416. Is there any credibility in the word of GM Management any more?
  (Mr Woodley)When we reverse the decision, I hope the answer is yes.

  Mr Hoyle: I will leave it at that, Chairman.


  417. On that note, I thank you for your forbearance and also thank you for your frankness in both sessions we have had today, gentlemen. As always, if there is additional information we require, we know where to come to get it.
  (Mr Woodley) Chairman, we have a package of agreements, some of which you have got, but I did pass you a letter from my general secretary today

  418. We have looked at it and the letter will be put in the evidence. We will consider what action to take once we have had an opportunity to discuss it. I was not sure if the general secretary's letter was for publication at this meeting.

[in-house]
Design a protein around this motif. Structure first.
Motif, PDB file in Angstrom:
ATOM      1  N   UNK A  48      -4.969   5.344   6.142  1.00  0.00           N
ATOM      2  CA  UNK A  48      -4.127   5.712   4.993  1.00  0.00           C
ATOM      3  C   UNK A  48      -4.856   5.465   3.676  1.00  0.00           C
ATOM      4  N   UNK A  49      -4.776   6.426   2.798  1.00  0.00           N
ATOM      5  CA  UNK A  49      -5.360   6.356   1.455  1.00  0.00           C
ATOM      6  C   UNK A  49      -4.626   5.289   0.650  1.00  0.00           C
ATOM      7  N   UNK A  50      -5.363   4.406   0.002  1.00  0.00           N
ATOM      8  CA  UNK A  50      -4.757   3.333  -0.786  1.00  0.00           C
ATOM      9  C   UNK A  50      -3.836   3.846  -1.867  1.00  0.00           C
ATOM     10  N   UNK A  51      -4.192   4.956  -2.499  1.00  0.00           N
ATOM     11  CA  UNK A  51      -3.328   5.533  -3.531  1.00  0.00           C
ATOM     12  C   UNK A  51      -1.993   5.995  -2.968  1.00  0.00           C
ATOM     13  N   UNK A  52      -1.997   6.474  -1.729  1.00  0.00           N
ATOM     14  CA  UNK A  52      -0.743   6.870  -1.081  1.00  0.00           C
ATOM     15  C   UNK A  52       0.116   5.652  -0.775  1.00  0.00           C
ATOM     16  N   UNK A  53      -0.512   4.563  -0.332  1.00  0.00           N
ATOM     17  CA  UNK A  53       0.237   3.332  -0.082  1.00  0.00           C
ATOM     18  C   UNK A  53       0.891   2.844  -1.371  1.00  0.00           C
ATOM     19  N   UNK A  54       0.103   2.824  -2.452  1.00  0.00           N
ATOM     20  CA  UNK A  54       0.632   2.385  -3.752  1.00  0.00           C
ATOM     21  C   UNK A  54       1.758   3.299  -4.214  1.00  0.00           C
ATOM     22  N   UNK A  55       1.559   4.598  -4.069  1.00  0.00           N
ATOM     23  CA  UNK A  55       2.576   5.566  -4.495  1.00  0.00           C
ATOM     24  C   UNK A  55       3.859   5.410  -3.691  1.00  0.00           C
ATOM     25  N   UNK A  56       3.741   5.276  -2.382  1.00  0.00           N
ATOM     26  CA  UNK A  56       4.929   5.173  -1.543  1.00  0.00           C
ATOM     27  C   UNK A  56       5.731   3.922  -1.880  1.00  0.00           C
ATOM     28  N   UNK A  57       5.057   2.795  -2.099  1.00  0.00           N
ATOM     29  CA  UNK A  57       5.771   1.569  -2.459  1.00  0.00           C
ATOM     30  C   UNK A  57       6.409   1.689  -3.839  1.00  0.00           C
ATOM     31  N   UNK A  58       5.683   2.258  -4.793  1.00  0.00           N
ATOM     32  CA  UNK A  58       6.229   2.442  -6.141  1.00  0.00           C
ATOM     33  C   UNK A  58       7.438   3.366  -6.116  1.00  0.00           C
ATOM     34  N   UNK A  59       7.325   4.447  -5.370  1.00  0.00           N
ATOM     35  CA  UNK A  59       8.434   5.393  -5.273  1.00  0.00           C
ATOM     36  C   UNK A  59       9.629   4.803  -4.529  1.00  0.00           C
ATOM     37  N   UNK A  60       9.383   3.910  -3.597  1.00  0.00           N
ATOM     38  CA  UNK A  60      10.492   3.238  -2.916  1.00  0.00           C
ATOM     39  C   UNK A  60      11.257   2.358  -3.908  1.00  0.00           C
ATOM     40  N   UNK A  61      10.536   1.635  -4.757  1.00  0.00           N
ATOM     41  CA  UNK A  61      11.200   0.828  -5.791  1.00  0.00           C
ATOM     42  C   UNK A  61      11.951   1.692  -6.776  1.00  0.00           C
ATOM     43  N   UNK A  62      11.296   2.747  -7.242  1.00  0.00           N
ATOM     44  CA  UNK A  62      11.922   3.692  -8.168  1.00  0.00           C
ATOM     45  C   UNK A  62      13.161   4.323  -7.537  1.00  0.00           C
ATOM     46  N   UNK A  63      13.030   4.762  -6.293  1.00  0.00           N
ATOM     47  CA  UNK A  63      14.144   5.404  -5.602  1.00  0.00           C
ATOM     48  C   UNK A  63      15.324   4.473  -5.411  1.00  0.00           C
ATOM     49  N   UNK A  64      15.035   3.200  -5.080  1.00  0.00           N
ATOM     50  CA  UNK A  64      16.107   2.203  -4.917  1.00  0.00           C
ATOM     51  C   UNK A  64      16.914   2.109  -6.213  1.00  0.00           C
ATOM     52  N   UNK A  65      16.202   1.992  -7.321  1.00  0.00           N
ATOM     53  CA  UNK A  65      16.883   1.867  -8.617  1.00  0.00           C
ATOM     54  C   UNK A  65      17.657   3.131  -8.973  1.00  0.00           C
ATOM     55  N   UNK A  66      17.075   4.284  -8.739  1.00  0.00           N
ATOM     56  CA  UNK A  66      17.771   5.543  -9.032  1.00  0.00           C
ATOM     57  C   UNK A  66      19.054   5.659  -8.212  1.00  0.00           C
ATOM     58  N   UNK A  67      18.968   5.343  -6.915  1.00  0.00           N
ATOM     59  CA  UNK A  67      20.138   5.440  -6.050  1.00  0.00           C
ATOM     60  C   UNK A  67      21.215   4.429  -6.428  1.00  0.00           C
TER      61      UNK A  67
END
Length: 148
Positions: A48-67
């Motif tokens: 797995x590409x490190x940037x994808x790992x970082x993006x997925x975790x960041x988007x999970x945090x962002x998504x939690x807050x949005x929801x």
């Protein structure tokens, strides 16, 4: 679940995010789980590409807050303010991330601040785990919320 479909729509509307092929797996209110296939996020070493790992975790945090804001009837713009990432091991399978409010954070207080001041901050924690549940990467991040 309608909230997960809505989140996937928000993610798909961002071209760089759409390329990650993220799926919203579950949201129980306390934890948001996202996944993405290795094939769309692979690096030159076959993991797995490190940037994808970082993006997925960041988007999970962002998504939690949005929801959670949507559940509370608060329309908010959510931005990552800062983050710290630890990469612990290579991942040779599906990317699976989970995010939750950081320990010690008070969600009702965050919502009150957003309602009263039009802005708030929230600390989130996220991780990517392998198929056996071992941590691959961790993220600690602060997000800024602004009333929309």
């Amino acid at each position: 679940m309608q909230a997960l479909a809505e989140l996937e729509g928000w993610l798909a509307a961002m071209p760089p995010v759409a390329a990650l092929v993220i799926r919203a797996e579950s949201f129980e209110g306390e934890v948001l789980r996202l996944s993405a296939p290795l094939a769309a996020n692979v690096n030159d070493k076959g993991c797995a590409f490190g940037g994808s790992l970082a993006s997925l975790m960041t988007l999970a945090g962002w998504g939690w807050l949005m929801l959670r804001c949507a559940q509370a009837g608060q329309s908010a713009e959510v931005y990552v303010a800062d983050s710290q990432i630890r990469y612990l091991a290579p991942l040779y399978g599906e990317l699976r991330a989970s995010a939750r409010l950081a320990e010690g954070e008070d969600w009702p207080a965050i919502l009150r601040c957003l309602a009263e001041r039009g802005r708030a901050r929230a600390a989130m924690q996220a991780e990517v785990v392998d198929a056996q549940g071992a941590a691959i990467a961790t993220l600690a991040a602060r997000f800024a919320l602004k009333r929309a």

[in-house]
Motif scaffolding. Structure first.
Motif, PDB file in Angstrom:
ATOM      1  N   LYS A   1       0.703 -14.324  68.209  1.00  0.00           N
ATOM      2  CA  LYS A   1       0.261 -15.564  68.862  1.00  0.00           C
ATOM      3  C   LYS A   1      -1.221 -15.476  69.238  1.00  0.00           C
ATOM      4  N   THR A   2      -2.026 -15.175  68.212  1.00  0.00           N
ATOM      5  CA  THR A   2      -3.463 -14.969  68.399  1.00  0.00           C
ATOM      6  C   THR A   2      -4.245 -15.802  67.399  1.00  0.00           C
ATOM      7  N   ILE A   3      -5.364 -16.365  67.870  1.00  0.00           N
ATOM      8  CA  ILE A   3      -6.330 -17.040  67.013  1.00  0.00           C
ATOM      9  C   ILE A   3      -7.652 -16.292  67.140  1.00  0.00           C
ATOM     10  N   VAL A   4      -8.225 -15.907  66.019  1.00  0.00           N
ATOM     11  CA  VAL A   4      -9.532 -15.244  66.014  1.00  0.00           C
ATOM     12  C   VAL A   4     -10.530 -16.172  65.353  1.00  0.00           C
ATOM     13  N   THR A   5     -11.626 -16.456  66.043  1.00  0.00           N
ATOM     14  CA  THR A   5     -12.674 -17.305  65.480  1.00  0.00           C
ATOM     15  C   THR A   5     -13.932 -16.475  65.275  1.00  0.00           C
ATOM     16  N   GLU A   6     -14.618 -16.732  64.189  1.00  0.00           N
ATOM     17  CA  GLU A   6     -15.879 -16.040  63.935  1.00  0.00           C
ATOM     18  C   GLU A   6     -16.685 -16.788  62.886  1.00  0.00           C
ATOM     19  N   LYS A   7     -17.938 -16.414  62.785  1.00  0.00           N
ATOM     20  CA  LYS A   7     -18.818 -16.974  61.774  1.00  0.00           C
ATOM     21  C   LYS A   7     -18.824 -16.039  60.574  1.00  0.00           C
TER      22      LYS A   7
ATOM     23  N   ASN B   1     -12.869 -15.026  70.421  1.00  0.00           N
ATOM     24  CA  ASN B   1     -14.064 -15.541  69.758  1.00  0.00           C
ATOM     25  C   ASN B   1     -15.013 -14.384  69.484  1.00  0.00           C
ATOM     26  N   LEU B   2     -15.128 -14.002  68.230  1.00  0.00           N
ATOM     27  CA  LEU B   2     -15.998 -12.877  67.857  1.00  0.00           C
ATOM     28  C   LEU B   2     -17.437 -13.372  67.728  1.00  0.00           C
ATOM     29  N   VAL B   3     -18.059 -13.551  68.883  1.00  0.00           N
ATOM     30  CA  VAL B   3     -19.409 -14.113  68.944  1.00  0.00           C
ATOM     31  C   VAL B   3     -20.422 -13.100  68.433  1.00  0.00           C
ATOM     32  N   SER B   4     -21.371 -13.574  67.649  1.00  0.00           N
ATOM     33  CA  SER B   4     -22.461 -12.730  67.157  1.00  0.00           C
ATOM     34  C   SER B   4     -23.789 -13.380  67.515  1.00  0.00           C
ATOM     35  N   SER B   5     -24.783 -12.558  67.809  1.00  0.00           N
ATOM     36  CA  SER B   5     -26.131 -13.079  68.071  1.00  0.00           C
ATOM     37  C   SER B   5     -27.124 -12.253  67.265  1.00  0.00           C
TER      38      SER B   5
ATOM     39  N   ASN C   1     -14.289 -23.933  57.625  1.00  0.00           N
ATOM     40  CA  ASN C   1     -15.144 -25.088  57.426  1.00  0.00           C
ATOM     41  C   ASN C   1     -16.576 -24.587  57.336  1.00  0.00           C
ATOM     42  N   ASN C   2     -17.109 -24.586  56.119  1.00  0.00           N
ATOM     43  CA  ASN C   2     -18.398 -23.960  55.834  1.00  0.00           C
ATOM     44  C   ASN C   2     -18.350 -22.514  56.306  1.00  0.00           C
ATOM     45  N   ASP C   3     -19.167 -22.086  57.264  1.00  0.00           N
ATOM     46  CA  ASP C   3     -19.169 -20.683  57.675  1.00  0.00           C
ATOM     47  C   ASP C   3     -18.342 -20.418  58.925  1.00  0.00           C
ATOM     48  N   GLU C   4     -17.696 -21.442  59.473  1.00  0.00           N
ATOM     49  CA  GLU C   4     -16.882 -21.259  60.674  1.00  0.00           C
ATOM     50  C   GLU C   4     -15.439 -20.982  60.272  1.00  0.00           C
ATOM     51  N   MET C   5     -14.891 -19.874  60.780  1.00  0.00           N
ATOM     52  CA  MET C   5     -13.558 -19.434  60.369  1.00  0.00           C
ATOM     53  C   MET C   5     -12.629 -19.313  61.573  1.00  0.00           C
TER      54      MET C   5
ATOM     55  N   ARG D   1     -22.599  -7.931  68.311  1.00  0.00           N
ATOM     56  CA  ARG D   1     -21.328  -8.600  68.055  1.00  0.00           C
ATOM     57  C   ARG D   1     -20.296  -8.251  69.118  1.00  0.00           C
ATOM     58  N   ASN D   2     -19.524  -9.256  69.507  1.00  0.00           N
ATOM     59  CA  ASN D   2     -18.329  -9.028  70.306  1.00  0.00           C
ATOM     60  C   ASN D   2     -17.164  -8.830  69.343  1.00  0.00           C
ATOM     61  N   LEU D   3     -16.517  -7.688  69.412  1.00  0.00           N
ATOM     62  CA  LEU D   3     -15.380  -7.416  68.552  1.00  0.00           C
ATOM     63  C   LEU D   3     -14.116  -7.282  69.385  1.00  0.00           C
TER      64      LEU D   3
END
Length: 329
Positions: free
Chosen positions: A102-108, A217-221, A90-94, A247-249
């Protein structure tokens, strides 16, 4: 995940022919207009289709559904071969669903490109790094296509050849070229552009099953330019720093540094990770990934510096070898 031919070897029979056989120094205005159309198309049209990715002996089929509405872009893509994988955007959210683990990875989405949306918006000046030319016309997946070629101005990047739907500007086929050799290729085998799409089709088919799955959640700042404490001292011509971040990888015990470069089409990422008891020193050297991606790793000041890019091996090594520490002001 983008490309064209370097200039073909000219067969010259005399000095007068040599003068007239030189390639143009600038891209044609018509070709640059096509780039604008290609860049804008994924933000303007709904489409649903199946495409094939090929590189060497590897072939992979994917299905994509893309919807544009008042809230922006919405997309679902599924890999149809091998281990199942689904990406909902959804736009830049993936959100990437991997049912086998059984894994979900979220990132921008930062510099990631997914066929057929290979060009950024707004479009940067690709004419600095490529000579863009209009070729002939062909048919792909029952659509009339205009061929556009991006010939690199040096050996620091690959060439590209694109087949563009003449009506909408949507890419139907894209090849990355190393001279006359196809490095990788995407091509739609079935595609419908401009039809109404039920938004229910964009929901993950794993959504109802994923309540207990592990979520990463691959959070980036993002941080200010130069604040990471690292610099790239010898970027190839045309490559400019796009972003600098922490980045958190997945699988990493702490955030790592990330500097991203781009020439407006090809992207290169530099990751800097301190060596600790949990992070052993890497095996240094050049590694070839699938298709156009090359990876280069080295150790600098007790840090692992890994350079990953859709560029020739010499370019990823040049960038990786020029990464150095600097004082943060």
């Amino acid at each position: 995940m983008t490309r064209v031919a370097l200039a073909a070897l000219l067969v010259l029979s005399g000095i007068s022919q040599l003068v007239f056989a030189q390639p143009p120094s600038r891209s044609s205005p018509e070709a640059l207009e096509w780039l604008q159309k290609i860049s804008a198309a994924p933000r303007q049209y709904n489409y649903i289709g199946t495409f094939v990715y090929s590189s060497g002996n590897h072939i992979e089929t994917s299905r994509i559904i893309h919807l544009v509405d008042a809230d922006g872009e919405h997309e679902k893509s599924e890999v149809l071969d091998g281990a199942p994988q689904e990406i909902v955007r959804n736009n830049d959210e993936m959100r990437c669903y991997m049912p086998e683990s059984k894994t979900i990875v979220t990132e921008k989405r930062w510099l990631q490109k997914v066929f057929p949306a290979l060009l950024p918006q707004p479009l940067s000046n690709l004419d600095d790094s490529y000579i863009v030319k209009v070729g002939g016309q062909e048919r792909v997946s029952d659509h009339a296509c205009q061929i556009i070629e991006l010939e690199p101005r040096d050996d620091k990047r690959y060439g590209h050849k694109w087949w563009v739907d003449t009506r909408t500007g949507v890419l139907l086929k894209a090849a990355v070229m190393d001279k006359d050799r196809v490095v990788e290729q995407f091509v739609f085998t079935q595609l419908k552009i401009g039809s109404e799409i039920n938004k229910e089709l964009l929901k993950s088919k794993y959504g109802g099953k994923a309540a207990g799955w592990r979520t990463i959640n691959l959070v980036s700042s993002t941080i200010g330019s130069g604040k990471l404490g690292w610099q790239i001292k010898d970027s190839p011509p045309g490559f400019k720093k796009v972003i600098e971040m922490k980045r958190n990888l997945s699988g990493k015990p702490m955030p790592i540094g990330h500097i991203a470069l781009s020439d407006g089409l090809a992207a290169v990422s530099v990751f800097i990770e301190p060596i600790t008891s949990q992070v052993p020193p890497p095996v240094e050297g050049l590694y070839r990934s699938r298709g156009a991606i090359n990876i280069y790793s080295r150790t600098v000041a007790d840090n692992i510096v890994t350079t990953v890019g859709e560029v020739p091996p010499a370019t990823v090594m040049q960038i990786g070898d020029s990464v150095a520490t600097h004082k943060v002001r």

(Mr Woodley) It is.

  Chairman: We have raised the issue with Mr Reilly, you probably heard me raising it in the conversations we had with him, but I will discuss with my colleagues what course of action we will take on the letter. It may well be that we will decide to send some questions to the Detroit people to secure responses from them. Whether or not they will be asked to appear before us is a different matter and there are practicalities involved in that which, frankly, at this stage I have to share with my colleagues. I have had the letter, it will be included along with what we have received today in the evidence we put in. Whether or not we will act upon the suggestion, remains to be seen at this stage. Thank you very much.

previous page contents next page

House of Commons home page Parliament home page House of Lords home page search page enquiries index

© Parliamentary copyright 2001
Prepared 8 February 2001